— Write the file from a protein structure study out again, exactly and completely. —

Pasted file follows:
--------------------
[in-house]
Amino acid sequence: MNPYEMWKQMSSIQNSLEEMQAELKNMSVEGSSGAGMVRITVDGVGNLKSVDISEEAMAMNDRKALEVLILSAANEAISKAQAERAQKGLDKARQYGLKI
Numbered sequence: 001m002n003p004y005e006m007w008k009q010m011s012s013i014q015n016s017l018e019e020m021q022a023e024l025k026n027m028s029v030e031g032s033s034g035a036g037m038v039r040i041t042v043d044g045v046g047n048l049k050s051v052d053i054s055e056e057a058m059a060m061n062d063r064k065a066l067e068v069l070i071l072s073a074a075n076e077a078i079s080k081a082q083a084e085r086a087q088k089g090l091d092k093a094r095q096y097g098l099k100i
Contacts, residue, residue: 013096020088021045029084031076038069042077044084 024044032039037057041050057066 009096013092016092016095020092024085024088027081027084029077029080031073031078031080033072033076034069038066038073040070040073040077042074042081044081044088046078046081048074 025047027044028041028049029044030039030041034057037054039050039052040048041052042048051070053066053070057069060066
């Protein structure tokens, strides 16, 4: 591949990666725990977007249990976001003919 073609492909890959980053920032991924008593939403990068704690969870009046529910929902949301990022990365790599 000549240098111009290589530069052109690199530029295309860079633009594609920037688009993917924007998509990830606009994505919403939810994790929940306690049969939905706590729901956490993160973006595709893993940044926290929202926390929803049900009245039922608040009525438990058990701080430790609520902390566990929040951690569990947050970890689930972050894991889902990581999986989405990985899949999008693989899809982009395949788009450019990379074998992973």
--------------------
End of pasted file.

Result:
[in-house]
Amino acid sequence: MNPYEMWKQMSSIQNSLEEMQAELKNMSVEGSSGAGMVRITVDGVGNLKSVDISEEAMAMNDRKALEVLILSAANEAISKAQAERAQKGLDKARQYGLKI
Numbered sequence: 001m002n003p004y005e006m007w008k009q010m011s012s013i014q015n016s017l018e019e020m021q022a023e024l025k026n027m028s029v030e031g032s033s034g035a036g037m038v039r040i041t042v043d044g045v046g047n048l049k050s051v052d053i054s055e056e057a058m059a060m061n062d063r064k065a066l067e068v069l070i071l072s073a074a075n076e077a078i079s080k081a082q083a084e085r086a087q088k089g090l091d092k093a094r095q096y097g098l099k100i
Contacts, residue, residue: 013096020088021045029084031076038069042077044084 024044032039037057041050057066 009096013092016092016095020092024085024088027081027084029077029080031073031078031080033072033076034069038066038073040070040073040077042074042081044081044088046078046081048074 025047027044028041028049029044030039030041034057037054039050039052040048041052042048051070053066053070057069060066
């Protein structure tokens, strides 16, 4: 591949990666725990977007249990976001003919 073609492909890959980053920032991924008593939403990068704690969870009046529910929902949301990022990365790599 000549240098111009290589530069052109690199530029295309860079633009594609920037688009993917924007998509990830606009994505919403939810994790929940306690049969939905706590729901956490993160973006595709893993940044926290929202926390929803049900009245039922608040009525438990058990701080430790609520902390566990929040951690569990947050970890689930972050894991889902990581999986989405990985899949999008693989899809982009395949788009450019990379074998992973």